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Portrait of a process: arts-based research in a head and neck cancer clinic
  1. Mark A Gilbert1,
  2. William M Lydiatt2,
  3. Virginia A Aita3,
  4. Regina E Robbins4,
  5. Dennis P McNeilly5,
  6. Michele Marie Desmarais6
  1. 1The Faculty of Medicine, Division of Medical Education, Sir Charles Tupper Link Building, University Avenue, Halifax, Canada
  2. 2Department of Otolaryngology, The University of Nebraska Medical Center, Omaha, Nebraska, USA
  3. 3Health Promotion, Social and Behavioral Health, The College of Public Health, The University of Nebraska Medical Center, Omaha, Nebraska, USA
  4. 4Indigenous liberal studies department, Institute of American Indian Arts, Santa Fe, New Mexico, USA
  5. 5Department of Psychiatry, University of Nebraska Medical Center, Omaha, Nebraska, USA
  6. 6Religious Studies Program, Arts & Sciences Hall, Omaha, Nebraska, USA
  1. Correspondence to Dr Mark Gilbert, The Faculty of Medicine, Division of Medical Education, Sir Charles Tupper Link Building, Room 2L-C20, 5849 University Avenue, PO BOX 15000, Halifax, Nova Scotia, Canada B3H 4R2; markgilbert{at}Dal.Ca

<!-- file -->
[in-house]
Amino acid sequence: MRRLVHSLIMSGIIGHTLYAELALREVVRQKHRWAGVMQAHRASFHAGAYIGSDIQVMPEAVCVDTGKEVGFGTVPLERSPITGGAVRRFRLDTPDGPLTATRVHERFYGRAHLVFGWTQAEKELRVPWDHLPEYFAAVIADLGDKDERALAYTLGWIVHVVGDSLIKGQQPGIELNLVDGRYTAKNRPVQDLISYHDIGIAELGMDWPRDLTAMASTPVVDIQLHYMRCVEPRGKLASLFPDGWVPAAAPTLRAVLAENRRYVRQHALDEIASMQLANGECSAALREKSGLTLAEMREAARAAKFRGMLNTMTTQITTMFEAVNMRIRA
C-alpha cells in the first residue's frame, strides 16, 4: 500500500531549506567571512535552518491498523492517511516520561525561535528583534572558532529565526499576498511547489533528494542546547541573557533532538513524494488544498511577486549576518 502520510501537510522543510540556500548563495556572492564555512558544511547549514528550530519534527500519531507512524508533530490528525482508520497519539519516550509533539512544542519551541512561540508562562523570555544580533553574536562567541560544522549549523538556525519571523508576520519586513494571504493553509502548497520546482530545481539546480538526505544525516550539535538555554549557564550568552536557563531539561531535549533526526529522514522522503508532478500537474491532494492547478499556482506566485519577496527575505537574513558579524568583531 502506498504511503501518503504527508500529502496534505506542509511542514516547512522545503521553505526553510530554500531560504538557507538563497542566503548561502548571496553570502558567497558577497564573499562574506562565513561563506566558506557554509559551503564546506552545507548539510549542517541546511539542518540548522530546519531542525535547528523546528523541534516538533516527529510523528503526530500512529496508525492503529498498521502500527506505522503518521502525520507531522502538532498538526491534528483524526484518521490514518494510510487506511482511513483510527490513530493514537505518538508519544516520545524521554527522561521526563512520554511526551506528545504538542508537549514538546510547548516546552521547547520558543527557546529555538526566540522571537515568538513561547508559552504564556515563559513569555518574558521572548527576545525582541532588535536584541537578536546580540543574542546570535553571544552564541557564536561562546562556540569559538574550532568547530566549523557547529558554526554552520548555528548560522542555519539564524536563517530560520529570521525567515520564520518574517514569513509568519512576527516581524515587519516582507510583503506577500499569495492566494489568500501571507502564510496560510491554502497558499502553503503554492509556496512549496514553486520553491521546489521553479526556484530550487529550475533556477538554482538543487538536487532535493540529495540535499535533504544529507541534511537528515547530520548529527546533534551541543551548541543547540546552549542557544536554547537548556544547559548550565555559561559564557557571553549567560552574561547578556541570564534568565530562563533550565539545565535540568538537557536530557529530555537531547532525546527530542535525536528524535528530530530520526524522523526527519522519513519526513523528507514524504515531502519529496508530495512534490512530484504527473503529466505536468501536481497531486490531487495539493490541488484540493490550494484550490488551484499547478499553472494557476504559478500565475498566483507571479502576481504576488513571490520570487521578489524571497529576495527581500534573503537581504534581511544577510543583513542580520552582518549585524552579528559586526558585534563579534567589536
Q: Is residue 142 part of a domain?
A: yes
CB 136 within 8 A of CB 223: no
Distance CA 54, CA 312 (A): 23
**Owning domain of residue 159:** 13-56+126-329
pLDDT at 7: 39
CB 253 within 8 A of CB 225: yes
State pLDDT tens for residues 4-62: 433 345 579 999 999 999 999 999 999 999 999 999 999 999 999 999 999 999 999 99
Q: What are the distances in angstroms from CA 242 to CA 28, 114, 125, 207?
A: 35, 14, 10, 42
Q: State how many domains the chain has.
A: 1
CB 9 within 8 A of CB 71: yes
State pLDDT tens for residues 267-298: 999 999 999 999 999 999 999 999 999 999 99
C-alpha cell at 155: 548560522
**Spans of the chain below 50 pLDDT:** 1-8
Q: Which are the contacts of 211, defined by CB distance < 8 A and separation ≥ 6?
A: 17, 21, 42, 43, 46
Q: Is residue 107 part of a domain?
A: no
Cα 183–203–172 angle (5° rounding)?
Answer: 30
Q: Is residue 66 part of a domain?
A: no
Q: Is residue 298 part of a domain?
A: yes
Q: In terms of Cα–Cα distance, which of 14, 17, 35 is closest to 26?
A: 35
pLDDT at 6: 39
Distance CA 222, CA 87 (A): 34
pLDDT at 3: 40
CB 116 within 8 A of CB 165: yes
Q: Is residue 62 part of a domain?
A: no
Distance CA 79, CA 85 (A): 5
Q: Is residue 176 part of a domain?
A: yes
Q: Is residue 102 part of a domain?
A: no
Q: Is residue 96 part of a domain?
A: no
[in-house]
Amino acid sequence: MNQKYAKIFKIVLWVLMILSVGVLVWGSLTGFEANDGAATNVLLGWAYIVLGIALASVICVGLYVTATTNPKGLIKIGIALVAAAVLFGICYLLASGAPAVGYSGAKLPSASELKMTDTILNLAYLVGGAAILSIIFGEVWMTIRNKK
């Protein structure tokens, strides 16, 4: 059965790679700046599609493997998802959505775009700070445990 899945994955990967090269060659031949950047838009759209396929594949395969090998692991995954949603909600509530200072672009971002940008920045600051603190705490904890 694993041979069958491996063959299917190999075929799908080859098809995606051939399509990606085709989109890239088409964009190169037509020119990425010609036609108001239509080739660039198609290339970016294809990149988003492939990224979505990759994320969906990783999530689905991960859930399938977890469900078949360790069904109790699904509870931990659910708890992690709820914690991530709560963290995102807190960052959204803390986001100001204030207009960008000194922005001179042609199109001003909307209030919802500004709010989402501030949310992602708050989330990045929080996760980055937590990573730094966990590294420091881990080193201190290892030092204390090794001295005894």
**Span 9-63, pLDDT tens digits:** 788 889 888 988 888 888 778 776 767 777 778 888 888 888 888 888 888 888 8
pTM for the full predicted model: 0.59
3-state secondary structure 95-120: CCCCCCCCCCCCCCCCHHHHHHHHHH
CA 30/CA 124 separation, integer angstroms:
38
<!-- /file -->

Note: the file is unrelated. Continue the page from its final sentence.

Abstract

The role of art in medicine is complex, varied and uncertain. To examine one aspect of the relationship between art and medicine, investigators analysed the interactions between a professional artist and five adult patients with head and neck cancer as they cocreated portraits in a clinical setting. The artist and four members of an interdisciplinary team analysed the portraits as well as journal entries, transcripts of portrait sessions and semistructured interviews. Over the course of 5 months, 24 artworks evolved from sittings that allowed both the patients and the artist to collaborate around stories of illness, suffering and recovery. Using narrative inquiry and qualitative arts-based research techniques five emergent themes were identified: embracing uncertainties; developing trusting relationships; engaging in reflective practices; creating shared stories; and empowerment. Similar themes are found in successful physician–patient relationships. This paper will discuss these findings and potential implications for healthcare and medical education.

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